The Oilers put up a fierce struggle but were eliminated from the Stanley Cup playoffs by the Avalanche on Monday night.
Colorado rallied from a 4-2 deficit in the third period and won 6-5 in overtime on a goal by Artturi Lehkonen to finish a four-game sweep in the Western Conference final at Rogers Place.
The Avalanche will meet the New York Rangers or Tampa Bay Lightning in the Cup final. It will be Colorado’s first appearance in the championship round since it won in 2001.
The Oilers put together their best season in 16 years – but were left disappointed and downcast at the end.
“There is no participation medal,” Mike Smith, the Edmonton goalie, said. He stopped 36 shots but could not make the big saves his team needed. “It is very disappointing. It is hard to get to this point.
“We lost and didn’t reach our ultimate goal. That is the feeling now.”
The Oilers led 4-2 in the third period, coughed up the lead and then tied it late at 5-5 to force overtime. Lehkonen scored just 1:19 into the extra period to complete Colorado’s eighth come-from-behind win during the postseason.
“Our ultimate goal was to win the Stanley Cup so this hurts,” Darnell Nurse, Edmonton’s top defenceman, said. He persevered throughout the playoffs despite having a torn muscle in his hip. “It’s a long road just to get back to the playoffs next year.
“It stinks that we didn’t get the job done that we hoped to.”
The loss spoiled an epic performance by Connor McDavid, who had a goal and two assists to boost his league-leading total to 33 points in the playoffs. Teammate Leon Draisaitl had three assists to finish with 31. Both in 16 games.
“I like that we showed no quit out there,” McDavid said quietly afterward. Outside on the street, fans watching post-game interviews through windows, chanted “MVP.”
“Our goal is to win a Stanley Cup,” Draisaitl said. He was hampered by an ankle injury in the first round against the Los Angeles Kings. “If you don’t get there and get a crack at it, you are disappointed.”
Edmonton has had several seasons in one: It was the NHL’s top team early on, suddenly turned into its worst, and then peaked at the right time to make a lengthy run.
“I’m proud of our group,” Draisaitl said. “I don’t think anyone expected us to be here but we did it.
“But this feeling sucks right now.”
Colorado went ahead just 3 minutes 46 seconds into the game on a power-play goal by its magnificent young defenceman Cale Makar.
The Oilers evened things up in the second on Zach Hyman’s 10th goal of the playoffs, took a 2-1 lead on a goal by Ryan Nugent-Hopkins, and went to the dressing room for the second intermission up 3-1 after a blistering shot by McDavid.
That’s when things got really screwy.
The Avalanche climbed back to within 3-2 on a goal by Devon Toews, only to see Hyman score a second time to restore the two-goal lead.
Goals by Gabriel Landeskog and Nathan MacKinnon tied it 4-4 and then Mikko Rantanen put Colorado ahead with 5:13 left in the third period.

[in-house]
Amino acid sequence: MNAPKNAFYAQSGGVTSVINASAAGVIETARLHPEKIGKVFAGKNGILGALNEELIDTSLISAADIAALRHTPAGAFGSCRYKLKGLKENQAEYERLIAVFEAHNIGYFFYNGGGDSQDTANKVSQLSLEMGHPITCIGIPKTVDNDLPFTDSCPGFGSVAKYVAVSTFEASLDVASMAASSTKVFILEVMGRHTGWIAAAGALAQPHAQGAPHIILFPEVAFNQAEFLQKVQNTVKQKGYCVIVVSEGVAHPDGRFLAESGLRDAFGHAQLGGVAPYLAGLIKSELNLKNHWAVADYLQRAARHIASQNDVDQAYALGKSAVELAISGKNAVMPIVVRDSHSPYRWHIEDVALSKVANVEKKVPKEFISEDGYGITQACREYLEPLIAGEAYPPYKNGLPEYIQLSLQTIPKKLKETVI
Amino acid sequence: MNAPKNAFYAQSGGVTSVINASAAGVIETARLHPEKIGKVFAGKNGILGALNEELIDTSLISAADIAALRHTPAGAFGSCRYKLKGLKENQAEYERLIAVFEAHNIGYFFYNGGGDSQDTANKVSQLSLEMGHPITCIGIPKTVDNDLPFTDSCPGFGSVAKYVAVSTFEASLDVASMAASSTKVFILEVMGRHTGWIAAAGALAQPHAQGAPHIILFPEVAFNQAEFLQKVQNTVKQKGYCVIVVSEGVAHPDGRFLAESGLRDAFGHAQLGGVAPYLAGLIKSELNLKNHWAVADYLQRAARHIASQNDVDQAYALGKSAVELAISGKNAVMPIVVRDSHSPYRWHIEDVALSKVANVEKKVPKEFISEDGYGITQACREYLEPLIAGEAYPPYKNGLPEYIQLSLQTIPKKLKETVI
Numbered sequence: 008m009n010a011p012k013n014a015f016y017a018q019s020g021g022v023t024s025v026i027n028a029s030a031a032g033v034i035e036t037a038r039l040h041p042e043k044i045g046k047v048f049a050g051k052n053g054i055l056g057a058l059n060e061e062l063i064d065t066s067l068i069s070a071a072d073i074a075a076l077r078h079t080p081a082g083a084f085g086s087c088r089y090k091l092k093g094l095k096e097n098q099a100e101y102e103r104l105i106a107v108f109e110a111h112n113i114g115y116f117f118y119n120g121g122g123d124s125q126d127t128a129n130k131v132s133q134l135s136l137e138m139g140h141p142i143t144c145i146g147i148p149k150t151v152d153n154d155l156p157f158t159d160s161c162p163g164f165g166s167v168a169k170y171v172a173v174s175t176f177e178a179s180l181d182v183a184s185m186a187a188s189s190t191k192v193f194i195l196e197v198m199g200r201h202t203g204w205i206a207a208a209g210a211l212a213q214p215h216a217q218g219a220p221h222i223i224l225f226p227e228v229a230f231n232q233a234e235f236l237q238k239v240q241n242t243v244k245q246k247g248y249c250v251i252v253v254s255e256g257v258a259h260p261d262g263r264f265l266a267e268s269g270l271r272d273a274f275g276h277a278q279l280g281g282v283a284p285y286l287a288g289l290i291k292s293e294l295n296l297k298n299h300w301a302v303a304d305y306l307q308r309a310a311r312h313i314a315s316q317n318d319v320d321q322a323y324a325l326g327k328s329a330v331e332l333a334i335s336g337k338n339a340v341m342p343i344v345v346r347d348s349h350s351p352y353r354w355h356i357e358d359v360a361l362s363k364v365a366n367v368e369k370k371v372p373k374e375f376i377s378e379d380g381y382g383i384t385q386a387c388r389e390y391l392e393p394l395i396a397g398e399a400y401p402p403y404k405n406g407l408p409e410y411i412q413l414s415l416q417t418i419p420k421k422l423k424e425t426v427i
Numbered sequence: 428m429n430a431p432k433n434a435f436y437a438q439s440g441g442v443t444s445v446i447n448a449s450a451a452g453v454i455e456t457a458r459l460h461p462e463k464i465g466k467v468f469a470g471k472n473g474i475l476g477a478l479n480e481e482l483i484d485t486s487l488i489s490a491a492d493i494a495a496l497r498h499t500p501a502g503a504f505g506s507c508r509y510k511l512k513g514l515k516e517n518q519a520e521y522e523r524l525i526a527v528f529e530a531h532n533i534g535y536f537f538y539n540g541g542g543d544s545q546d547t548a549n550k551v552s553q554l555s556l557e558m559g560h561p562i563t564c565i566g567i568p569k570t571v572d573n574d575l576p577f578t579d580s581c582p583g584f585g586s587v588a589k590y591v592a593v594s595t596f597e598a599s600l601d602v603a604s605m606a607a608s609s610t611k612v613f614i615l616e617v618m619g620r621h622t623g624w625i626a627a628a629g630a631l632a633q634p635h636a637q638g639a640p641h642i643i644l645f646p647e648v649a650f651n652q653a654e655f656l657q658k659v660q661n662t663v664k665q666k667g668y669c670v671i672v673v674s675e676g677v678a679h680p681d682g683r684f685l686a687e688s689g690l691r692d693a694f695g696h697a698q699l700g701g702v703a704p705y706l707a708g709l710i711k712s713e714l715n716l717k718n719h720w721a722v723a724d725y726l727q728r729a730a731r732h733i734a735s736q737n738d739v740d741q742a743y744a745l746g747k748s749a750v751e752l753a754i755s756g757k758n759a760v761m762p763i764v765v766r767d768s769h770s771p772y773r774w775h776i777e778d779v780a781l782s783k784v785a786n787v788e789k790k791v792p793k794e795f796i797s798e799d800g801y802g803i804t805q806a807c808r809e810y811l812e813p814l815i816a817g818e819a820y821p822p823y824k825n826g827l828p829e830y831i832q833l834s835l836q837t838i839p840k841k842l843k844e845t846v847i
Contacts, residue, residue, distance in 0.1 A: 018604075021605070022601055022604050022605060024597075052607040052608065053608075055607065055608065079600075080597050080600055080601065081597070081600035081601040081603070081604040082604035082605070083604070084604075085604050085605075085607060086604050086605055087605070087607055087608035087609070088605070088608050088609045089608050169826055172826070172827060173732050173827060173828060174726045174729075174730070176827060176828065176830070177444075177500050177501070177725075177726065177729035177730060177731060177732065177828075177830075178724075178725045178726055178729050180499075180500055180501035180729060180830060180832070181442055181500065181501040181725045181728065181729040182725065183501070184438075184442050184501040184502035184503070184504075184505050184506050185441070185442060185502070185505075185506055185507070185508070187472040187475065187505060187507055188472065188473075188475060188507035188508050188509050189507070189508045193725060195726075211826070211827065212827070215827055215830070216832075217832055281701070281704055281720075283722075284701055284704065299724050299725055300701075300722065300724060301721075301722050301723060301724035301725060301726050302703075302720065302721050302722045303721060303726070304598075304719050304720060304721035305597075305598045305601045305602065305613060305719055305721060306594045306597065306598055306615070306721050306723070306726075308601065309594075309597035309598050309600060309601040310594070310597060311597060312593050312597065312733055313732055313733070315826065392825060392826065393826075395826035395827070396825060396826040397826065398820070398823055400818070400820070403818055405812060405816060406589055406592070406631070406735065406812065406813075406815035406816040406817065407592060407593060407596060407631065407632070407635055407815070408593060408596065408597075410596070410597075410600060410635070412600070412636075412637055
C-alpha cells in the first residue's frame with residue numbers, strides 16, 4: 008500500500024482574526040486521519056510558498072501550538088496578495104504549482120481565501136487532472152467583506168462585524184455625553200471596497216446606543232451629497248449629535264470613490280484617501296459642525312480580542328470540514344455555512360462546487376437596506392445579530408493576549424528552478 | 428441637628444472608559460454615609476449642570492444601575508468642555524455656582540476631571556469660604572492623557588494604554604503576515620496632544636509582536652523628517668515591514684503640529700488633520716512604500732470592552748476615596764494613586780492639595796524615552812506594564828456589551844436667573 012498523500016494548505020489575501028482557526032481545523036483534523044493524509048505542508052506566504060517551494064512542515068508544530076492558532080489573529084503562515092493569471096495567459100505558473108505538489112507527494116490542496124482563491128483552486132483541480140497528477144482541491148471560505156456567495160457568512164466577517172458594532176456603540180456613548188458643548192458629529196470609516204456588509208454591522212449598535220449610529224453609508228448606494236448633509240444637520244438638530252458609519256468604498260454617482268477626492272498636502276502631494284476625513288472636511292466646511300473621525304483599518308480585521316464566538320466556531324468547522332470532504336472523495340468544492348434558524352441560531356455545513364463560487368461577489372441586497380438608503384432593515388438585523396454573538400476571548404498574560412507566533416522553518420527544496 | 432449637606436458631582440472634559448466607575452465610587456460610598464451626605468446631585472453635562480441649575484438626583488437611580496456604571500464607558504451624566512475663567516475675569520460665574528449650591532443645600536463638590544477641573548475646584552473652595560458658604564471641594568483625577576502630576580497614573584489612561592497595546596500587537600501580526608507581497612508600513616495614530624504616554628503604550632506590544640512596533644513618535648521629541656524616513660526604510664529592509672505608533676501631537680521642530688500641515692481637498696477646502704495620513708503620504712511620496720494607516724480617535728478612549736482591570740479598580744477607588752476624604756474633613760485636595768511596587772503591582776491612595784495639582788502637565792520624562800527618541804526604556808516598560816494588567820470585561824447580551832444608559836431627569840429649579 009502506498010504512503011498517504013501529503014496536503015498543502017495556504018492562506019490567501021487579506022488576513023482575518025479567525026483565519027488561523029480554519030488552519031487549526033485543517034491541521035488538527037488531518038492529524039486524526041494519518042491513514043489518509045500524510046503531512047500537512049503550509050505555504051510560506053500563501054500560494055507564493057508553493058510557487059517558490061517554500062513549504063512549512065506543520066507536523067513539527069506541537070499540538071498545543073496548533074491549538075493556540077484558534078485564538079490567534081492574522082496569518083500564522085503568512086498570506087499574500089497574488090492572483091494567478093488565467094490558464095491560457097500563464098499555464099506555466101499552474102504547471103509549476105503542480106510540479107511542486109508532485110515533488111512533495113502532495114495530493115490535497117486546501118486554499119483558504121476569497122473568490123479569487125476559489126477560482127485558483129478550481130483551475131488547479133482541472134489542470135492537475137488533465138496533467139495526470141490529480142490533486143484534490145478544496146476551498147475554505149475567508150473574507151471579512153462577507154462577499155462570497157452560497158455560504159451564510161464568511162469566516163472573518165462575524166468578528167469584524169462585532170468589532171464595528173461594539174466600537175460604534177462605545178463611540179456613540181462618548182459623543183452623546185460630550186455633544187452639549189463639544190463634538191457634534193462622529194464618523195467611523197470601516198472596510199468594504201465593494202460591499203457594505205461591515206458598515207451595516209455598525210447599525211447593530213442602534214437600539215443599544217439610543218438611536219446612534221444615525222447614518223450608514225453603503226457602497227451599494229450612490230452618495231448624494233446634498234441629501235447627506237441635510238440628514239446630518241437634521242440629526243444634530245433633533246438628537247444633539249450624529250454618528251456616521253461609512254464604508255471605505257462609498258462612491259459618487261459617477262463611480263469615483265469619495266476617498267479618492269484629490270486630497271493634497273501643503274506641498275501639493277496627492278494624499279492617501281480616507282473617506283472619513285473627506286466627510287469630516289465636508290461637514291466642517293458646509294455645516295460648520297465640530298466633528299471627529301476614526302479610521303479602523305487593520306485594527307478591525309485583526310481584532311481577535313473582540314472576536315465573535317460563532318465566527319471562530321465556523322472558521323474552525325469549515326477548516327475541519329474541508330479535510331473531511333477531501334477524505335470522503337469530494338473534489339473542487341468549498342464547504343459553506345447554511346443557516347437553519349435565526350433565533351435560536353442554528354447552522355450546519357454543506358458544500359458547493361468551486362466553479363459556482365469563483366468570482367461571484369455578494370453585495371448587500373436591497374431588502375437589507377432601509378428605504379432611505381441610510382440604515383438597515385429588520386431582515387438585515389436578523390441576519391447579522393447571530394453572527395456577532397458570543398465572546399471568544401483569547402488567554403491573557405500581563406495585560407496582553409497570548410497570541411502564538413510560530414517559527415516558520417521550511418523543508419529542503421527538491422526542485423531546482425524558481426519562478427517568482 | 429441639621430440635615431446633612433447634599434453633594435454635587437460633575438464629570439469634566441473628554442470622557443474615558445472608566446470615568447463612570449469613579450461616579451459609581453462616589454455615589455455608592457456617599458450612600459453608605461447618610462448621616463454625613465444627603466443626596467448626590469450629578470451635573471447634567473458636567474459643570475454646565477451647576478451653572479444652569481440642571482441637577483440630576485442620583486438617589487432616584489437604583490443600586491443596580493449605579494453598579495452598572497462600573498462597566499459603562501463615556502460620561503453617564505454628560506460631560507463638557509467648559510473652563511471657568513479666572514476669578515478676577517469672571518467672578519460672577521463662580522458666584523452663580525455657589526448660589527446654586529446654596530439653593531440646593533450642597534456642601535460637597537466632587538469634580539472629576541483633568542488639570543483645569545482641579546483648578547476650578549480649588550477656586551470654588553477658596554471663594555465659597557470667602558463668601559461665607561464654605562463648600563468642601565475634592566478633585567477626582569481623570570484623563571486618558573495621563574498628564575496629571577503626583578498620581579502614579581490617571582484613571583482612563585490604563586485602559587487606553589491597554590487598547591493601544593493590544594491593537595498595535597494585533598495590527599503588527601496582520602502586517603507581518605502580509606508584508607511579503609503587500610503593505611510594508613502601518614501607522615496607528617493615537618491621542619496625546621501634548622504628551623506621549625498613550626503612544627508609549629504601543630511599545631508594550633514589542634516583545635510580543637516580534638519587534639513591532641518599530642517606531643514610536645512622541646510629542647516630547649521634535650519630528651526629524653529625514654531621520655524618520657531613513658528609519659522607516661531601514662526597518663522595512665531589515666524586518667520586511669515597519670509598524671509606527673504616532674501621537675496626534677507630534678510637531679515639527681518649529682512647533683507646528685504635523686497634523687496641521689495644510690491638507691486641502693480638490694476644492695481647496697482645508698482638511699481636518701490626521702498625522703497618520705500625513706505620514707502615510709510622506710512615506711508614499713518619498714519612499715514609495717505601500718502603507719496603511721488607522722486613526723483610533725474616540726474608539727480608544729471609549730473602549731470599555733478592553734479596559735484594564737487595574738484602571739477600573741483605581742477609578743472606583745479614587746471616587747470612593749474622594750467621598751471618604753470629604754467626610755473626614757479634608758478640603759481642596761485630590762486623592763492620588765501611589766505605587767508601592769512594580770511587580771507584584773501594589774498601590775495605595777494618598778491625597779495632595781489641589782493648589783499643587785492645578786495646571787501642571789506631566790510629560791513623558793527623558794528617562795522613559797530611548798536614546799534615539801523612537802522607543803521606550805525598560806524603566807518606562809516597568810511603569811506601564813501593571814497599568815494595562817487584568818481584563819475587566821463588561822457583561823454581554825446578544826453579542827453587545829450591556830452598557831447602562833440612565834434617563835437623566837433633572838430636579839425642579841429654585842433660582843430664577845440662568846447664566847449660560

The lead would last for just over two minutes before Zack Kassian won a net-front battle to lock things up again, this time at 5-5.
The overtime was painfully short for the home team. The Avalanche mobbed Lehkonen on the ice after he scored the game winner.
Pavel Francouz of Colorado had 30 saves for Colorado and is now 6-0 in the playoffs. He is playing in relief of Darcy Kuemper, who was injured in Game 1.
The Oilers came into the night down 3-0 but that was not the number that defined their predicament.
That one was 198-4. It is how many times a team with a 3-0 advantage has gone on to win a best-of-seven series. Another was 44-0. That is the number of times the team ahead 3-0 has won in the Western Conference final.
It pretty much takes a miracle, but that is what Edmonton hoped for on Monday.
“You don’t play four games in a row,” Tyson Barrie, the Edmonton defenceman, reasoned in the morning. Hope springs eternal in the minds of hockey players. “You play one at a time so for us it is just a simple fact of what we have done all year.
“We know what we are up against. If you look at statistics, it’s bleak. People can roll their eyes all they want, but the only way to do it is one at a time.”
The Oilers were beaten every which way in the first three encounters with Colorado. The Avalanche outscored them 16-8 and had allowed just two goals in each of the two previous games.
The Avalanche entered the early evening contest 11-2 during the postseason and at 6-0 was the only team undefeated on the road. This all painted an undeniably grim picture for the Oilers.
Edmonton played a nice first period. It played evenly against the Avalanche other than an early goal by Makar. The Oilers failed to score on two power plays of their own. Smith was sharp, stopping 14 overall and two especially dangerous short-handed chances.
Edmonton was without Evander Kane, who has 13 goals in the postseason but was suspended for a hit from behind on Saturday against Nazem Kadri. Kadri suffered a serious hand injury and is unlikely to return even for the Stanley Cup final.
On the other side, Draisaitl has been on the receiving end of a number of nasty slashes.
“I don’t think anything is ever taken personally,” Draisaitl said earlier in the day. “Both teams want to make it to the Cup finals and you do whatever it takes. That is the way hockey has always been played. It is a tough game.”
Edmonton survived two elimination games in the first round and one more in the second against Calgary.
But these aren’t the Kings or the Flames that Edmonton tangled with. The Avalanche is the first opponent it has faced that is just as fast, equally talented, has more depth and had the motivation of being within an eyelash of making it to the Cup final.
“We have to play the best game we have all year,” Tyson Barrie said. “There is nothing to lose. We’ll come out with everything we have.”
They did, but it was not enough.